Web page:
Q You say economic development and jobs are a priority for you. What do you think we ought to be doing?
A Let’s get vocational education and technical curriculum available. And let’s look at companies coming in. Right now in Robertson County, we’re having a big debate about Union Pacific trying to build a big (railway) switch yard there, and it’s going to provide 1,500 jobs and then 200 to 300 jobs permanently. And some residents are fighting the location. We have to find a way to get the constituents and the company to work together because we need economic development in Robertson, Falls and Limestone counties. We must keep our state in the position of being able to bring jobs here.
Q How do we fund the state water plan? It calls for $53 billion in infrastructure and water management projects to ensure plenty of water for the residents and businesses expected in coming decades.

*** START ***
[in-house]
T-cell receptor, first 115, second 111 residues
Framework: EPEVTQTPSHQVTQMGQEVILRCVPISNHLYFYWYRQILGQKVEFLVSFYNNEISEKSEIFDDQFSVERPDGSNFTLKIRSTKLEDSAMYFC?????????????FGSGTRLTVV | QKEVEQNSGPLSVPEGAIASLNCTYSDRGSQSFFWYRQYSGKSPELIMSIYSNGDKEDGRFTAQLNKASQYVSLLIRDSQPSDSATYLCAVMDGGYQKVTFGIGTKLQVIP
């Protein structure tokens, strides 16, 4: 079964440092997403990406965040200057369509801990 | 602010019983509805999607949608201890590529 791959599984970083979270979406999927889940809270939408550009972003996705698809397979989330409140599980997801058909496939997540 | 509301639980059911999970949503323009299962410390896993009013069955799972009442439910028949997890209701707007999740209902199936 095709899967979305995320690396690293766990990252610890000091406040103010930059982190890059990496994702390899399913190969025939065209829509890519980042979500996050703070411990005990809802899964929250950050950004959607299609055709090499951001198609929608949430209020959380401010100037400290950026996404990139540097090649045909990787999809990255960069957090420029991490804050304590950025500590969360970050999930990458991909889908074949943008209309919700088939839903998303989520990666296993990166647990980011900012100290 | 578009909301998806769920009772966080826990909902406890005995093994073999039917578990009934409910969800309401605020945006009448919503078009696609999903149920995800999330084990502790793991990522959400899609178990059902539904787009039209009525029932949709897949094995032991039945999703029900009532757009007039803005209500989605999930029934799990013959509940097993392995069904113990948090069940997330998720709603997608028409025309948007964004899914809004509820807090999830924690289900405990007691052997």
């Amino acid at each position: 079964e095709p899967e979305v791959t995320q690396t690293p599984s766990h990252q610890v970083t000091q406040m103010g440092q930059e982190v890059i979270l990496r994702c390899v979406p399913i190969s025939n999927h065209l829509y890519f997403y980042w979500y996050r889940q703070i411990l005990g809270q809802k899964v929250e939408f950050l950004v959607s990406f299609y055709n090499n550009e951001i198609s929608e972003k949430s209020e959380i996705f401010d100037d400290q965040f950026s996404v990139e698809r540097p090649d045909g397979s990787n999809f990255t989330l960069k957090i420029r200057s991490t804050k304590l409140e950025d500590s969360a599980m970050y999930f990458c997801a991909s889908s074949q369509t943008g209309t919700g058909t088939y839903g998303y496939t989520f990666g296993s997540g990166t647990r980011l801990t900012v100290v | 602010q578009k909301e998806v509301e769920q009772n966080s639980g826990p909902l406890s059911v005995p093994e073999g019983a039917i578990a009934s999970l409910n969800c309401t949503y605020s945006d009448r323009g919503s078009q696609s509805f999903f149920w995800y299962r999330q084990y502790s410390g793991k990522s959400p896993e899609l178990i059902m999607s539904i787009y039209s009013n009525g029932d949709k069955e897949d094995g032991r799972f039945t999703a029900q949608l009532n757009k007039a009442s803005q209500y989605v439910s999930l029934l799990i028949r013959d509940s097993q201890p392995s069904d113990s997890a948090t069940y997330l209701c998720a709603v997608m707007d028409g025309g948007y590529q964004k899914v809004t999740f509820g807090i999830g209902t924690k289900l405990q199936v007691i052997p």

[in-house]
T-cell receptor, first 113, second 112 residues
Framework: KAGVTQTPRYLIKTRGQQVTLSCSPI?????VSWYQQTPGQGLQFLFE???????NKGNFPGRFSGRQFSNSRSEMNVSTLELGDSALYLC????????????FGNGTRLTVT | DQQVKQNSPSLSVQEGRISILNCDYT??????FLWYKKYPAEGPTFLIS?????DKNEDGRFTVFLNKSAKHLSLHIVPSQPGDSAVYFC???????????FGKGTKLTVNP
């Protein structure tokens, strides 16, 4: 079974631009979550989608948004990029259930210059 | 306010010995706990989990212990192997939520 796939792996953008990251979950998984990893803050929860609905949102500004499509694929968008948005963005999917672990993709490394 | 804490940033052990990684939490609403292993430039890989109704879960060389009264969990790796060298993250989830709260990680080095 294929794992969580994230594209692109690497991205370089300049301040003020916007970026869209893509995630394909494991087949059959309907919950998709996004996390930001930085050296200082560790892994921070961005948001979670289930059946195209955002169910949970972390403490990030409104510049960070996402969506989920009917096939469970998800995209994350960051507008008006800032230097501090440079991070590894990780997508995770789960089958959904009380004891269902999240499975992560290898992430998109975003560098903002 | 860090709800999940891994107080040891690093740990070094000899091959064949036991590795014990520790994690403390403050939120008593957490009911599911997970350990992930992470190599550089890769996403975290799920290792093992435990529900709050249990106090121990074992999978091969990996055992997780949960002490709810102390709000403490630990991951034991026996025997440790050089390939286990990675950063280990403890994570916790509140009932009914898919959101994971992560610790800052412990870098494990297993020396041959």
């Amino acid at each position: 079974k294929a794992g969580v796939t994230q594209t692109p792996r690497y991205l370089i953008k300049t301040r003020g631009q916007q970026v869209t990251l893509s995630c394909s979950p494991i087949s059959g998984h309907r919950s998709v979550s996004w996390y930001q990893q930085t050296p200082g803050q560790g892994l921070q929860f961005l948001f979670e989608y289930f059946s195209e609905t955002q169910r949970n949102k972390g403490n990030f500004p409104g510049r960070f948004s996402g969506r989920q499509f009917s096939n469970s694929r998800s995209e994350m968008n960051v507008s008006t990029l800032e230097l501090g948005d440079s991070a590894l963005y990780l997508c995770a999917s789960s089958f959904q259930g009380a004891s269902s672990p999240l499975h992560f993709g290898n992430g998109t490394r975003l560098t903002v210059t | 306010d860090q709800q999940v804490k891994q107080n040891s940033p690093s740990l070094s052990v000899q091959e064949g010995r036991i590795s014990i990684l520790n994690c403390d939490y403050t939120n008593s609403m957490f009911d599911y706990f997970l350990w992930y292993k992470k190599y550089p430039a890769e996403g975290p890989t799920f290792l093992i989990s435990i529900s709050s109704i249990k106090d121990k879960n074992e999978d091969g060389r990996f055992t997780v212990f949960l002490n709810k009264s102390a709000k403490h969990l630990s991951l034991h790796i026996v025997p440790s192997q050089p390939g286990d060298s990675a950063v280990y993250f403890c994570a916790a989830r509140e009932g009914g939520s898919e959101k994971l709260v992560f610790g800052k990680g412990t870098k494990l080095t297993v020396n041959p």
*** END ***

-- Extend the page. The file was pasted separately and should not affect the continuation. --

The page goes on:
A From a straight economic standpoint, we got to keep water available to all constituents and it’s got to be affordable.
Q So do we, say, put a tax of a penny on a bottle of water to fund the state water plan, as some propose?
A Boy, that’s going to be hard when you got most of your constituents still in a panic about buying water in a bottle.
Q This race seems to have gone on forever.
A It’s been long but also rewarding. If you had run a more typical campaign, you might not be able to develop personal relationships like I have during this one. We have gotten to know the constituents. So maybe there is a benefit to a campaign this long. It benefits not only the candidate who wins but the constituents.